In the front room of Zulaika’s home
, Early Intervention Special Instructor Maribel Garcia is singing “Twinkle, Twinkle, Little Star” with Naomii, Zulaika’s two-year-old granddaughter. When the song concludes, Maribel gently guides Naomii to bake a Playdoh cake for the tiny doll she has in her hands. Maribel has worked with Naomii for more than a year, ever since Zulaika took over custody of her two granddaughters.
RHD’s Early Intervention program works with children identified as having early childhood medical diagnosis or developmental delay. An Early Intervention special instructor works with Naomii on skills in social and emotional development as part of her referral by the Department of Human Services.
“Naomii’s response to Maribel was rocky in the beginning,” Zulaika said. “Naomii only spoke with her hands — and that came in the form of hitting those around her.”
Today Naomii communicates in English and Spanish, and Zulaika reports that her behavior is much improved.
“I’m very happy with Naomii’s progress,” Zulaika says. “I’m blessed with all the services and the people who have worked with Naomii since the beginning.”
ervention empowers families and caregivers to deliver skills and strategies that improve their child’s development in their natural learning environment. Home and community-based services are delivered to parents and caregivers of children from infants to preschoolers.
From Special Instruction to Occupational and Physical Therapy, to Social Work and Nutrition, Early Intervention offers services to families of varying socioeconomic backgrounds. In-person and phone interpretation are also offered for parents who do not speak English.
Early Interventionists work in collaboration with families and caregivers to develop goals. The team also works together to develop the specific service and/or educational plan that is designed to maximize the children’s strengths and help them learn new, more progressive ways of functioning. Therapeutic activities such as playing, dressing and eating can be a large part of understanding the child’s growing needs.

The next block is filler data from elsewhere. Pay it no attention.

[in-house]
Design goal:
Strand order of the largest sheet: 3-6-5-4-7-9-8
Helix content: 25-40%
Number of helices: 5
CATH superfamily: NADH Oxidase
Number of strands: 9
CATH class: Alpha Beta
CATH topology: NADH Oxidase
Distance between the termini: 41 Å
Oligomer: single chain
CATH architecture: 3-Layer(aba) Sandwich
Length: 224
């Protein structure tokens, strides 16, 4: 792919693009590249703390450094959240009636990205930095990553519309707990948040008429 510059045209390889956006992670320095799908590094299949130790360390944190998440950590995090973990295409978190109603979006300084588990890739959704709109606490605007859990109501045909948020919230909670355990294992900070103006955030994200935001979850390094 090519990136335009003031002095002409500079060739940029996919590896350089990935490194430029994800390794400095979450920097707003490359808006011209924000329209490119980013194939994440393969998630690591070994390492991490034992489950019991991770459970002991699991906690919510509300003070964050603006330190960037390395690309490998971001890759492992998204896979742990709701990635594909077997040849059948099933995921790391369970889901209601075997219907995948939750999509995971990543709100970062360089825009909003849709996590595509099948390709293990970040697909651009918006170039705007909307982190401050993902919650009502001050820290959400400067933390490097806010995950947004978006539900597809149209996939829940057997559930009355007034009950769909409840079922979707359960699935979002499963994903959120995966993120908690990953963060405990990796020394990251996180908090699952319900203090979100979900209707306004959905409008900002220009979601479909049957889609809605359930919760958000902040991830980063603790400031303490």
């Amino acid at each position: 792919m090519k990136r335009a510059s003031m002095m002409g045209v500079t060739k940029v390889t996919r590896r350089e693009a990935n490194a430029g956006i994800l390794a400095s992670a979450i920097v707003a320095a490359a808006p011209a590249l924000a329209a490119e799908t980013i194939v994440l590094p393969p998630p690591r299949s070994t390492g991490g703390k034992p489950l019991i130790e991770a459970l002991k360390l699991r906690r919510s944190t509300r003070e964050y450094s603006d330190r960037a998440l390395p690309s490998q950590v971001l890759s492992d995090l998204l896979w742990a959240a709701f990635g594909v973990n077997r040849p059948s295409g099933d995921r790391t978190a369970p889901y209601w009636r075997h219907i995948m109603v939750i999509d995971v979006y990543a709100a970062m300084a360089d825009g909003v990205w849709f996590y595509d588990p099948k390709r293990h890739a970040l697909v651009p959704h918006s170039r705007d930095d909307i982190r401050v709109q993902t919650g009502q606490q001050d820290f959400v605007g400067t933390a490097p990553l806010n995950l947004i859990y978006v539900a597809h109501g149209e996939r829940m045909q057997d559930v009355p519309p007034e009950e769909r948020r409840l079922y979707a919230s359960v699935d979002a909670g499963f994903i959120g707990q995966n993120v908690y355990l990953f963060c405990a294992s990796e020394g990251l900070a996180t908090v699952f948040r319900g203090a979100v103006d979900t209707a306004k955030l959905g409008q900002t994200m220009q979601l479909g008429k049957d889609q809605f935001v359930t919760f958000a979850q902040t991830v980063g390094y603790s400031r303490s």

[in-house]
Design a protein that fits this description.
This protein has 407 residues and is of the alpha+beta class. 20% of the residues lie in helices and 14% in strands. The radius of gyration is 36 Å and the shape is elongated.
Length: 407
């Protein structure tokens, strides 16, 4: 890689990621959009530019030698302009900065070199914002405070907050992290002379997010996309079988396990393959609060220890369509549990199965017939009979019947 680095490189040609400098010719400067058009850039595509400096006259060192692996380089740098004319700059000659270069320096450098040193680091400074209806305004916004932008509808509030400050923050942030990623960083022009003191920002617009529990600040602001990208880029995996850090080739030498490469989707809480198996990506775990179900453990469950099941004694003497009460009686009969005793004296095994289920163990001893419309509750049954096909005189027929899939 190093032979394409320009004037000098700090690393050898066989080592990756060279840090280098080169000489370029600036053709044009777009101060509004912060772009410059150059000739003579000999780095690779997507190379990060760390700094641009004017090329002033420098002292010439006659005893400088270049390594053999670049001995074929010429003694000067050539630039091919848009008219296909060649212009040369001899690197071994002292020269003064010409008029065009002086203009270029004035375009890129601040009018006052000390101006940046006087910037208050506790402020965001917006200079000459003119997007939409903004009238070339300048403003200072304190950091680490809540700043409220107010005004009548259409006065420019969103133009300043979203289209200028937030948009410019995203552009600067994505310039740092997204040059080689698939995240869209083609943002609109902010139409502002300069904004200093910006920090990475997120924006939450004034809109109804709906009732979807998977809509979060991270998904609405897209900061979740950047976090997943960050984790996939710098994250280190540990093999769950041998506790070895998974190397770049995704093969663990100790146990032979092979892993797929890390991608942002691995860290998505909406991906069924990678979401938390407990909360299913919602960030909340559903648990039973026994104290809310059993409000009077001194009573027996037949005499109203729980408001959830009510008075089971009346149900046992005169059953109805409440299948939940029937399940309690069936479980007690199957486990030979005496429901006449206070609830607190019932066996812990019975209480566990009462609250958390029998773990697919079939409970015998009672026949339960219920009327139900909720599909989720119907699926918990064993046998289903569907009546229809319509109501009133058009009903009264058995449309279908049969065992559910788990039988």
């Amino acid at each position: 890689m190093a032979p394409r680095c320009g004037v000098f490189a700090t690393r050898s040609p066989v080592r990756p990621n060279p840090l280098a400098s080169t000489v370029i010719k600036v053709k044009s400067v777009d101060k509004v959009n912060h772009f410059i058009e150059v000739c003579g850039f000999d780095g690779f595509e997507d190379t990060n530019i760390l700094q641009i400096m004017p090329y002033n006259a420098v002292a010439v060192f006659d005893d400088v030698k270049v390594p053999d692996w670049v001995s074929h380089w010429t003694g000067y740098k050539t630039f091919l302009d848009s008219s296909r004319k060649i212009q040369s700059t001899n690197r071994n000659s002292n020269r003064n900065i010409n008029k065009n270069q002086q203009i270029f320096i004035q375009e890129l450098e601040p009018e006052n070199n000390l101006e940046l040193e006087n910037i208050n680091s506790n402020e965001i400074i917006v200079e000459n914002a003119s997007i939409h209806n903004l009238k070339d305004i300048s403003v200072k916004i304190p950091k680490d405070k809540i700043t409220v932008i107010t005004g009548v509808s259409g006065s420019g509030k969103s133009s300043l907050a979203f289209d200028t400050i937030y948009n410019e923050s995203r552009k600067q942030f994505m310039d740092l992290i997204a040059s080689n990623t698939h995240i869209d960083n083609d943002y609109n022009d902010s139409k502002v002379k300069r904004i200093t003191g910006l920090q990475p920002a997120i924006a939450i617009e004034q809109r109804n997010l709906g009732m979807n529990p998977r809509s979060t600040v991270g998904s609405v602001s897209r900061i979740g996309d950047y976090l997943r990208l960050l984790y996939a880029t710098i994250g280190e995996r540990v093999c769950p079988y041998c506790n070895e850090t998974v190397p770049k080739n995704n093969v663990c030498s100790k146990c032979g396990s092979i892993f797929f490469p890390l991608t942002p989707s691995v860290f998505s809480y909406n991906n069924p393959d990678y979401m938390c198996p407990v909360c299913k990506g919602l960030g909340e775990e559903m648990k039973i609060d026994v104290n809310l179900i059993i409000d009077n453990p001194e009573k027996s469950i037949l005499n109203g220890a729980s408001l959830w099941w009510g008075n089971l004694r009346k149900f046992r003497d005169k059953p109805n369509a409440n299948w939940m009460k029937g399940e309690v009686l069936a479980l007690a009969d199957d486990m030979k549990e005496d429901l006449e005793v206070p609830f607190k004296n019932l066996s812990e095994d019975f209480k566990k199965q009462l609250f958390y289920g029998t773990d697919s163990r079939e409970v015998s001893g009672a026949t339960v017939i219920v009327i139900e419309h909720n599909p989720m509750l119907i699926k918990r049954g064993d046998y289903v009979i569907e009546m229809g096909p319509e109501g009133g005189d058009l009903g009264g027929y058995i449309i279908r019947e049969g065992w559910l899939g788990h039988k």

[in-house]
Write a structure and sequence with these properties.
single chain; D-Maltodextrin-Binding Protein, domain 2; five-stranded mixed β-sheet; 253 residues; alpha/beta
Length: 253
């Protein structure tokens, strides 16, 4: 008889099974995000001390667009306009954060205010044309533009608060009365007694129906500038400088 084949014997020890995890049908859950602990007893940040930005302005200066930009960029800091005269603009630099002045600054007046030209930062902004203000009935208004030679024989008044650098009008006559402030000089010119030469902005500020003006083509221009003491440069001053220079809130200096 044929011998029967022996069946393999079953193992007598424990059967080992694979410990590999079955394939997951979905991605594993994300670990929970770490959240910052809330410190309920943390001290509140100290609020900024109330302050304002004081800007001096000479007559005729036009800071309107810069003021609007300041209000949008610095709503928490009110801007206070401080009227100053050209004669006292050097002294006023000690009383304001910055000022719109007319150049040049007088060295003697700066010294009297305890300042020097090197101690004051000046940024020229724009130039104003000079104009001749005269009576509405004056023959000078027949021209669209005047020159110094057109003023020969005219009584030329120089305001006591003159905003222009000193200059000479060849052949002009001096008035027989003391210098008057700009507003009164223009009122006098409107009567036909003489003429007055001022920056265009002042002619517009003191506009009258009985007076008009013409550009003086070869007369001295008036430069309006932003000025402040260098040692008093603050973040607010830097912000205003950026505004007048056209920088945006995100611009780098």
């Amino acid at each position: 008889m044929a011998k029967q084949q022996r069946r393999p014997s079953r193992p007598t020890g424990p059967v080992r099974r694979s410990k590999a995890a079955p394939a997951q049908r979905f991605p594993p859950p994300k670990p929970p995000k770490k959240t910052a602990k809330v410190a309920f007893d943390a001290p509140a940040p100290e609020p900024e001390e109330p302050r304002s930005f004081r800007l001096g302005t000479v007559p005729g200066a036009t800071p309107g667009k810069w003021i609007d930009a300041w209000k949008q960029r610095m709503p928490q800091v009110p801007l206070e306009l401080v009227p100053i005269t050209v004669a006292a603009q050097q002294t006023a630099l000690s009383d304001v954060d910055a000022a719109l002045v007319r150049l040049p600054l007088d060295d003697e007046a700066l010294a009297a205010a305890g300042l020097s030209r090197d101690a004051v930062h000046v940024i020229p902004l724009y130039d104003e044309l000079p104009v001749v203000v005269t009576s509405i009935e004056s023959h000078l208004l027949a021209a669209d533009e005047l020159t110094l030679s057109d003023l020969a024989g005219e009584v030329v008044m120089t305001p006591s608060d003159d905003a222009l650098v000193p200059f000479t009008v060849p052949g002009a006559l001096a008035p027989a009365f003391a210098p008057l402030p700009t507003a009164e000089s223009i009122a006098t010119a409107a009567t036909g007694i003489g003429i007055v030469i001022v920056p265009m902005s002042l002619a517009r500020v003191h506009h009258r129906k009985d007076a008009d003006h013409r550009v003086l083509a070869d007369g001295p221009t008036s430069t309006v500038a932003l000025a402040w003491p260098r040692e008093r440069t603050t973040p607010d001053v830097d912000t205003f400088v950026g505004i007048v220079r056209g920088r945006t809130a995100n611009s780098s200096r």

Naomii’s therapy goals include improvement of language skills and better control of her behavior. Their sessions have come a long way. When Maribel first began working with Naomii, the little girl’s verbal communication skills were very limited.
Besides the utilization of songs, playtime, and art projects, Maribel communicates with Naomii in English and in Spanish, a language she’s known since birth. She worked to create a comfort zone for Naomii, making a slow but steady impact.
“When you’re in the home, you’re working with the family, you’re impacting their whole environment by your presence,” RHD Early Intervention Director Shawna Sidibe said. “Working with the family is key in the child’s development. Having an opportunity to work with children in Early Intervention prepares them not only for school age programming, but even for reducing some of those risk factors that could happen in adulthood.”
When RHD Early Intervention Special Instructor Sa’de Edwards arrives at La Toya’s home, she greets La Toya’s two-year-old son Lynden with a slew of questions:
“Good morning! Did you miss me? What do you want to do today?”
La Toya found her way to Early Intervention services through a referral, after a worrisome few months of fear that Lynden was lagging behind other children his age in vocabulary. La Toya’s pediatrician recommended an Early Intervention evaluation.
“From the first time Sa’de came here, she was on Lynden’s level,” La Toya said. “She made it fun and was about interacting with Lynden as a person. She stepped outside of what her job was and engaged him.”
During a break, Lynden pulls out a skateboard from his toy chest that is almost larger than he is. Sa’de immediately prompts him to verbalize “push” and “pull” as he maneuvers the board in the small living space. As Lynden echoes the words, his mother looks on with a smile.
“Early Intervention has had a huge impact,” La Toya said. “Since Sa’de has come in and we’ve obtained these services, it’s been amazing. Lynden has surpassed where I thought he would go.”
Early Intervention is just one example of how RHD has been a pioneer in creating unique programs for children. Thousands of children and their families have found caring, effective support at RHD that has helped them achieve their behavioral and educational goals.
RHD’s children’s services continuum is very diverse, but the way RHD delivers services is similar. All RHD programs are trauma-informed and person-centered, and family engagement is a significant initiative.
RHD supports families of all backgrounds in ways that work best for them, by going into the home to deliver personalized service at the highest level.
“It’s rewarding,” Sidibe said. “This program has been in existence since 1996 and we’ve been able to serve multiple families as a result.”
As the session with Sa’de winds down, Lynden takes a yellow truck from his toy chest and places his plush grey hippo on top of it. As he pushes the truck around the room, Sa’de has one more request for Lynden: “Repeat after me — five, four, three, two, one!”
After he repeats the last number, Sa’de smiles and says: “Good job, buddy! We’re all done!”